[SciPy-User] Detecting Causal Relation in a Scatterplot
Mon Apr 22 10:09:01 CDT 2013
On Mon, Apr 22, 2013 at 11:03 AM, R. Michael Weylandt
> Cross-posted to R-help:
I would guess that stats.stackexchange might be the best candidate
> On Mon, Apr 22, 2013 at 3:49 PM, Lorenzo Isella
> <firstname.lastname@example.org> wrote:
>> Dear All,
>> I hope this is not too off topic.
>> I am given a set of scatteplots (nothing too fancy; think about a
>> normal x-y 2D plot).
>> I do not deal with two time series (indeed I have no info about time).
>> If I call A=(A1,A2,...) and B=(B1, B2, ...) the 2 variables (two
>> vectors of numbers most of the case, but sometimes they can be
>> categorical variables), I can plot one against the other and I
>> essentially I need to determine whether
>> A=f(B, noise) or B=g(A, noise)
>> where the noise is the effect of other possibly unknown variables,
>> measurement errors etc.... and f and g are two functions.
>> Without the noise, if I want to test if A=f(B) [B causes A], then I
>> need at least to ensure that f(B1)!=f(B2) must imply B1!=B2 (different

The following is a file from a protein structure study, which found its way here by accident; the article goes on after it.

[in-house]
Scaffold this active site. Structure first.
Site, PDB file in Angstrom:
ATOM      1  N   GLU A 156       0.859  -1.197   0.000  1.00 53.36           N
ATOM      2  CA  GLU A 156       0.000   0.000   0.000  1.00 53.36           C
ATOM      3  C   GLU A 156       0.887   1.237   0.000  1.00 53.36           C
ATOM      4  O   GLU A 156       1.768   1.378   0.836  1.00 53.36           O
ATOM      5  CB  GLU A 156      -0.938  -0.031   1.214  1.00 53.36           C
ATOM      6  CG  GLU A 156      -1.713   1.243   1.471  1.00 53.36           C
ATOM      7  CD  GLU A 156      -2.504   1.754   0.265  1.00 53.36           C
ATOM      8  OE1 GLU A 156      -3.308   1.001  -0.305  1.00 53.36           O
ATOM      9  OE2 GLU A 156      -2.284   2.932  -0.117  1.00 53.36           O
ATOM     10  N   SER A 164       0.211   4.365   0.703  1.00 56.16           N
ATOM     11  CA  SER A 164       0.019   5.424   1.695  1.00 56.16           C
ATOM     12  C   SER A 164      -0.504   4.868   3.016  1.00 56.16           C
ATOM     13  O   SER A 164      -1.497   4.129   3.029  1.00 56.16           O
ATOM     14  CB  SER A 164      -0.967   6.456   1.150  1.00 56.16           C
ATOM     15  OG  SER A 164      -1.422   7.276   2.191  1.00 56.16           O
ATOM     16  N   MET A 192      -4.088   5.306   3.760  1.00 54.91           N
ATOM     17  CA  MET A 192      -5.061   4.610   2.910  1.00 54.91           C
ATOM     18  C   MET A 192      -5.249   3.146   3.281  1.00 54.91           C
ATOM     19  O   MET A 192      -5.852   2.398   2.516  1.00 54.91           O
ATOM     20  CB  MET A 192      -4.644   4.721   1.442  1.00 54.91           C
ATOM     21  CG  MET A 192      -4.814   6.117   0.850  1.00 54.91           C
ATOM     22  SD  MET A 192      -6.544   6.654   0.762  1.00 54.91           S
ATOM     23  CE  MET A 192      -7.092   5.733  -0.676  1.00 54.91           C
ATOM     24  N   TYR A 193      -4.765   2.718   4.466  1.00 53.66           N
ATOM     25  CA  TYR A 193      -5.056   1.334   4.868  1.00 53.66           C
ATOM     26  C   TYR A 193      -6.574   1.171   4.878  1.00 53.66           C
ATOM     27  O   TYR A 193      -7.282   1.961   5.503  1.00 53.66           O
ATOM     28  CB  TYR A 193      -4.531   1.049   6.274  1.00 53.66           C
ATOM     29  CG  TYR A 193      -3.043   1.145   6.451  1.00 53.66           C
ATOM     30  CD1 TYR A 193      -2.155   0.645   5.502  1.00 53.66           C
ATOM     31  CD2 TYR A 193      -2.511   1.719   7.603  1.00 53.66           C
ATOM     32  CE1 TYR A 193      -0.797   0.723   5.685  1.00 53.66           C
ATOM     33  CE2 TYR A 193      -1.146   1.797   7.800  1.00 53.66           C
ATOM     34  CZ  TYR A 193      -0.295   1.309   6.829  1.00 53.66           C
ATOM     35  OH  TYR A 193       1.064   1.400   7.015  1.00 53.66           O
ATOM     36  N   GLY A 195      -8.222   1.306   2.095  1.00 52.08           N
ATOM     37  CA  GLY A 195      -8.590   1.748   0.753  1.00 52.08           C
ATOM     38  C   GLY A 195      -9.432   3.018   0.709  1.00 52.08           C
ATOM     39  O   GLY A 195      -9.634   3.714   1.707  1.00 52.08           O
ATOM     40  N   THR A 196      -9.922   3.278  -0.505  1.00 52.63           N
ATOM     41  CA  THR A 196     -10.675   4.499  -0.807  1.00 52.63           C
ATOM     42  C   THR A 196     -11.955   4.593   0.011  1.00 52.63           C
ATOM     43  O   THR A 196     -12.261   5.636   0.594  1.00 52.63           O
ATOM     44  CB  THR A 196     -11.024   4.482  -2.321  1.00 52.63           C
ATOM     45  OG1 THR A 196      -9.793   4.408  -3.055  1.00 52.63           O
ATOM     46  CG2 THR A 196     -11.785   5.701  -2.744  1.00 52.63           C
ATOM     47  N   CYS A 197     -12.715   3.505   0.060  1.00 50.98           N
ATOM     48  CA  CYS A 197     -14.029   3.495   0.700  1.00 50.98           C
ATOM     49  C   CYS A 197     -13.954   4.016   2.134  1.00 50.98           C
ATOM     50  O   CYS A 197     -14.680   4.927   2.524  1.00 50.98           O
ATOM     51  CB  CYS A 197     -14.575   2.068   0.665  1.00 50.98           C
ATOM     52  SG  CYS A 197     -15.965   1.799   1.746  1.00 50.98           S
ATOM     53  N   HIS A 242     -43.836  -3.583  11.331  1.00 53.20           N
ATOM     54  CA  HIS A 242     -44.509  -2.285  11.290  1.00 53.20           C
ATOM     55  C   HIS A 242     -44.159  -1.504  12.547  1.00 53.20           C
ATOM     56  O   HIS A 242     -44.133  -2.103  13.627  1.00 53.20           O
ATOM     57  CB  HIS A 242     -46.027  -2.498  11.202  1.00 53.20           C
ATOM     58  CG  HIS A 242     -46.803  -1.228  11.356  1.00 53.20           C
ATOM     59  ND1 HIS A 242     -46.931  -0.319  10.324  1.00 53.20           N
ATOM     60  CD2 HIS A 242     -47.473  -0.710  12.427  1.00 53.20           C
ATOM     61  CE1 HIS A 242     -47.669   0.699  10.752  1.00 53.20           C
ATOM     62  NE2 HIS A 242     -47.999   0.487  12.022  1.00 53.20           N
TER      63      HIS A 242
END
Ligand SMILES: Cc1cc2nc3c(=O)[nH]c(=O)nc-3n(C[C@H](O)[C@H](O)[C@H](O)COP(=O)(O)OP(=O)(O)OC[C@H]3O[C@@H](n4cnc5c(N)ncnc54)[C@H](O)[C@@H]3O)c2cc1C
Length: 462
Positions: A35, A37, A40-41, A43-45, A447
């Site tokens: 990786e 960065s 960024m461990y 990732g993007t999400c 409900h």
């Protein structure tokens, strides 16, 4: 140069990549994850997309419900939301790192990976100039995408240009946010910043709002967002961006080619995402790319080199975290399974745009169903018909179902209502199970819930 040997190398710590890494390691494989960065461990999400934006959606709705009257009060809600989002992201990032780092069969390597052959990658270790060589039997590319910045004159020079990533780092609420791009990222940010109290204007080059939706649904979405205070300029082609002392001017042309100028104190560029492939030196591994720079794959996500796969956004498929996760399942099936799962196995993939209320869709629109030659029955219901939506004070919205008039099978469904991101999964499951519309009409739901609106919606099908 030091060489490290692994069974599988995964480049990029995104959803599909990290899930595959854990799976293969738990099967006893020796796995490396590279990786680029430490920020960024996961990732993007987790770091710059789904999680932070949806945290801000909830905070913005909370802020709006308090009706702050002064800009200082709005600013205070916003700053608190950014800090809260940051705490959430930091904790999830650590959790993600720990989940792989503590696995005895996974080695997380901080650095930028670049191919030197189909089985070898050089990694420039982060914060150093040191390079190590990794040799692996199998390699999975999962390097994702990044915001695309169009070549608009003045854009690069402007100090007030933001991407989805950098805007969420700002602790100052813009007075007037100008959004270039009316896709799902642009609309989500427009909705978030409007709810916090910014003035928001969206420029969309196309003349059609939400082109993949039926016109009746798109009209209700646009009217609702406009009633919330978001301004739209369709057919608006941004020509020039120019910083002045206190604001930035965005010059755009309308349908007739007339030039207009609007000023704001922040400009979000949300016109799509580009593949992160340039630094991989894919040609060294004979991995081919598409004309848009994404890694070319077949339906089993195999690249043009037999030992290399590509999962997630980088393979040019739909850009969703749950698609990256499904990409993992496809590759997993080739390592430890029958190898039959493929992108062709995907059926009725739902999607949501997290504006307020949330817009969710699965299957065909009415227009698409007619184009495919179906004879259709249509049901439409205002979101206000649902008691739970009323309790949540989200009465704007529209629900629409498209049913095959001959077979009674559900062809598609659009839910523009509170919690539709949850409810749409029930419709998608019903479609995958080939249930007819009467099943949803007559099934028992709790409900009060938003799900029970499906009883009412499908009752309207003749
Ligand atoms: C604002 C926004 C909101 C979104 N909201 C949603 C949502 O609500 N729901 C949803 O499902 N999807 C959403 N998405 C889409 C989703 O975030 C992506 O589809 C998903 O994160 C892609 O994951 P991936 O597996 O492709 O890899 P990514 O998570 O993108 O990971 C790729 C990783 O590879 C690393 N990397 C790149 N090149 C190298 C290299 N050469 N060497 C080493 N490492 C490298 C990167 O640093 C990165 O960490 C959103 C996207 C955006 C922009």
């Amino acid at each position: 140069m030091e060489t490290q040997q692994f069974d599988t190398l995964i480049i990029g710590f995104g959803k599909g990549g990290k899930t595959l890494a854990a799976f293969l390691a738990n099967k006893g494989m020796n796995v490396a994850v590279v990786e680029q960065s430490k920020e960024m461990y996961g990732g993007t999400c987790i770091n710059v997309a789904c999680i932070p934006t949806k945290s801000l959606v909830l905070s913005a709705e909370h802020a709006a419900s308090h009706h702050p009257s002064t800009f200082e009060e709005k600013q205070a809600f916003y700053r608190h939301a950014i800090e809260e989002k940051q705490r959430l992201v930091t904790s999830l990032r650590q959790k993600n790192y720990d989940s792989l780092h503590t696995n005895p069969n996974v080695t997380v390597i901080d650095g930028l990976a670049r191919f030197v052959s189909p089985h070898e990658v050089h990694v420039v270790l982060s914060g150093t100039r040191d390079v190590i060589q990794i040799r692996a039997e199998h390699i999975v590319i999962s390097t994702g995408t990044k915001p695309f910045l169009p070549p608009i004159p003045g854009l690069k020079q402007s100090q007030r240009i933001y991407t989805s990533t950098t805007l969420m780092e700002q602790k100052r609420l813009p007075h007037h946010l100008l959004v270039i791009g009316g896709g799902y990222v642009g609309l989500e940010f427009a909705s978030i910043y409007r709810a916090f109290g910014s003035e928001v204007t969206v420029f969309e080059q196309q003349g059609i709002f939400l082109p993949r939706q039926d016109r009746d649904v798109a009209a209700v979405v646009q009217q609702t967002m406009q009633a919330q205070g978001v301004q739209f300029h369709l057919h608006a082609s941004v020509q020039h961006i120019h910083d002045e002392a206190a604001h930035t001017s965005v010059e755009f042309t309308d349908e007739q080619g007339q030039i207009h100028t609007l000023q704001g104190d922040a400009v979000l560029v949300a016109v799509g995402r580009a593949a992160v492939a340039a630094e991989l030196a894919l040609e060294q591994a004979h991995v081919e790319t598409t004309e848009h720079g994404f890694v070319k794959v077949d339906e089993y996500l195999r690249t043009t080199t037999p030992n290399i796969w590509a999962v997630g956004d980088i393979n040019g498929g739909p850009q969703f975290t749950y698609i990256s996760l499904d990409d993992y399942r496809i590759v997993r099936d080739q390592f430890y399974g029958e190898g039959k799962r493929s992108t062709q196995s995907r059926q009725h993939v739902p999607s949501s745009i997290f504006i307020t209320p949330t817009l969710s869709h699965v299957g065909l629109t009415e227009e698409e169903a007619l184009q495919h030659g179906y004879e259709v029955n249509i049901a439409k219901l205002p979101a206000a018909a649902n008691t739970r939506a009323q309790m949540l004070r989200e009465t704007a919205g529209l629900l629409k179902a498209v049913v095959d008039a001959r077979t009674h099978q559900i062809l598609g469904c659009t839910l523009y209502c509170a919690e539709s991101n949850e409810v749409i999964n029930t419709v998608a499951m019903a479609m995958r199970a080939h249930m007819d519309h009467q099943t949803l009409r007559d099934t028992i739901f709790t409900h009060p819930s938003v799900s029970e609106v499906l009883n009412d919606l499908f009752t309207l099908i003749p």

>> effects must have a different cause), whereas it is not ruled out that
>> f(B1)=f(B2) for B1!=B2 (different causes may lead to the same effect).
>> However, in presence of the noise, these properties will hold only
>> approximately so....any idea about how a statistical test, rather than
>> eyeballing, to tell apart A=f(B, noise) vs B=g(A, noise)?
>> Any suggestion is welcome.
To me this sounds like a test for endogeneity, but you might need more
structure on the noise, like additivity.
A quick google search econ.msu.edu/faculty/wooldridge/docs/qmle_endog_r3.pdf
seems to apply for the non-linear case. (I haven't looked at it.)
I never looked at this literature, maybe White's sanity check can be used.
(I used the word endogeneity.)
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